The Library of Congress subject headings system was originally designed as a controlled vocabulary to more accurately define the subject and form of the books and serials in the Library of Congress collection. As an increasing number of other libraries have adopted this system, it has become a tool for subject indexing of library catalogs in general.
An example will help clarify this use of controlled vocabulary. World War II is a huge topic of interest to many people. Yet, when you search that phrase in our online catalog. There are a number of ways to refer to this war, including World War Two, World war II, WWII, WW2, the second World War, etc. Each term will likely return a list of items when searched in the catalog. But note that for each search the catalog provides a link that reads "Related Headings." When you click on this button, you learn that the proper "LC Subject term" is "World War, 1939-1945." This is the official descriptor for this war and the term that will return the greatest number of items. Note on each bibliographic record returned in the catalog that there are extensions to the terms that further specify the work in question: for example, World War, 1939-1945--aerial operations to World War, 1939-1945--Atrocities to World War, 1939-1945--Campaigns--Africa North!
As convoluted as LC subject headings may seem, they really do provide an unprecedented means of narrowing the focus of your research! One of the biggest pitfalls for novice researchers is choosing a topic that is too broad for the scope of the assignment. Take time to look through the subject headings. You'll be rewarded by improved precision and quality of your searches.
Search for materials physically held in the Library
E-Books purchased or leased are continually added to the E-Books database.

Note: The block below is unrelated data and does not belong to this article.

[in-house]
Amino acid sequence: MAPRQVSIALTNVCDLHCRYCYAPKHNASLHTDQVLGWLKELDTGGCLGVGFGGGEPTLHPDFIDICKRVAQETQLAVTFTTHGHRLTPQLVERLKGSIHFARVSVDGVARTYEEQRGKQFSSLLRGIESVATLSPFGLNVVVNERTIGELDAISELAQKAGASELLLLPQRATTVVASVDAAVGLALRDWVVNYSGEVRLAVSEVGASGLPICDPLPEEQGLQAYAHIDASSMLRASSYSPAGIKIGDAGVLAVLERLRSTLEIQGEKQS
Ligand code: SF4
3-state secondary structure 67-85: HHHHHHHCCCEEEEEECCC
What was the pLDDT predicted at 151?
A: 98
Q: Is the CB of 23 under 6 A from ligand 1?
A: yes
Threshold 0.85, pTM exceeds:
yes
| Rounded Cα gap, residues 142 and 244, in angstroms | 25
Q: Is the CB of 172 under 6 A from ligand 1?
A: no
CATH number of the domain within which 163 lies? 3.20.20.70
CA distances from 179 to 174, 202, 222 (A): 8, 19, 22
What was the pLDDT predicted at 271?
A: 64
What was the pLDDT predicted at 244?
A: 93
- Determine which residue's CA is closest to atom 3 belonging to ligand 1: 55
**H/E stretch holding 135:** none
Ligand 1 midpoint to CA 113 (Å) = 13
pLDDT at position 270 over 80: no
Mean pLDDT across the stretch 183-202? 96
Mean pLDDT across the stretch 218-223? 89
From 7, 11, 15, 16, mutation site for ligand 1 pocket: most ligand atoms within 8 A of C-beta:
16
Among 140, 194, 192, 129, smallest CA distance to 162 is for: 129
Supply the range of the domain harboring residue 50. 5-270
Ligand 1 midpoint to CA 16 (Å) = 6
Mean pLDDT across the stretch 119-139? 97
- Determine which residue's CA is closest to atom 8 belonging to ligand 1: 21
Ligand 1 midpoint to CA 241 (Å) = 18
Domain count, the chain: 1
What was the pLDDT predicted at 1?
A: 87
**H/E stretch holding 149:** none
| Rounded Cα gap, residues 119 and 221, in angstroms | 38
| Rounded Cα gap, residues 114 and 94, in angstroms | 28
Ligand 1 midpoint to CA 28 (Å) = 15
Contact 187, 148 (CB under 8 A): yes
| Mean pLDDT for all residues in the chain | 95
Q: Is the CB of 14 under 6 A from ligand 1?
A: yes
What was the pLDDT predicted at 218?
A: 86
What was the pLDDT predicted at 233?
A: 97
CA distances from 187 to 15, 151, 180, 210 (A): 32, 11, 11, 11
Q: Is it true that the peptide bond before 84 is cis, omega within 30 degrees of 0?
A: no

ProfSearch is a "next-generation" discovery tool based on the ProQuest resource: Summon
The World's largest Library catalog. See everything most secondary materials on your subject.
Many of the records in the Library of Congress Catalog contain links to digital versions of the items.
The resources listed below are subscription databases; they cannot be accessed on the open web. For the most part they are all scholarly based. Only CQ Researcher does not meet the strict guidelines of "scholarly"; however, do not defer from searching this source as it is written and maintained by an organization of note. If you are accessing any of the databases from off campus, you will be required to authenticate yourself as a current Rowan community member by keying in your Rowan u/n and p/w.
Trans-Atlantic Slave Trade. A CD Rom database, held in Reserves at the Circulation Desk for use in the library.
This is a world-wide online catalog. Search to find other books on your topic of interest. If Rowan owns the book, the record will indicate this. If we do not own it, click on
to request the book from another library. Requests are filled in 3 - 5 days.
Select a link below to link to the Primary Sources Library Guides subject or listed alphabetically.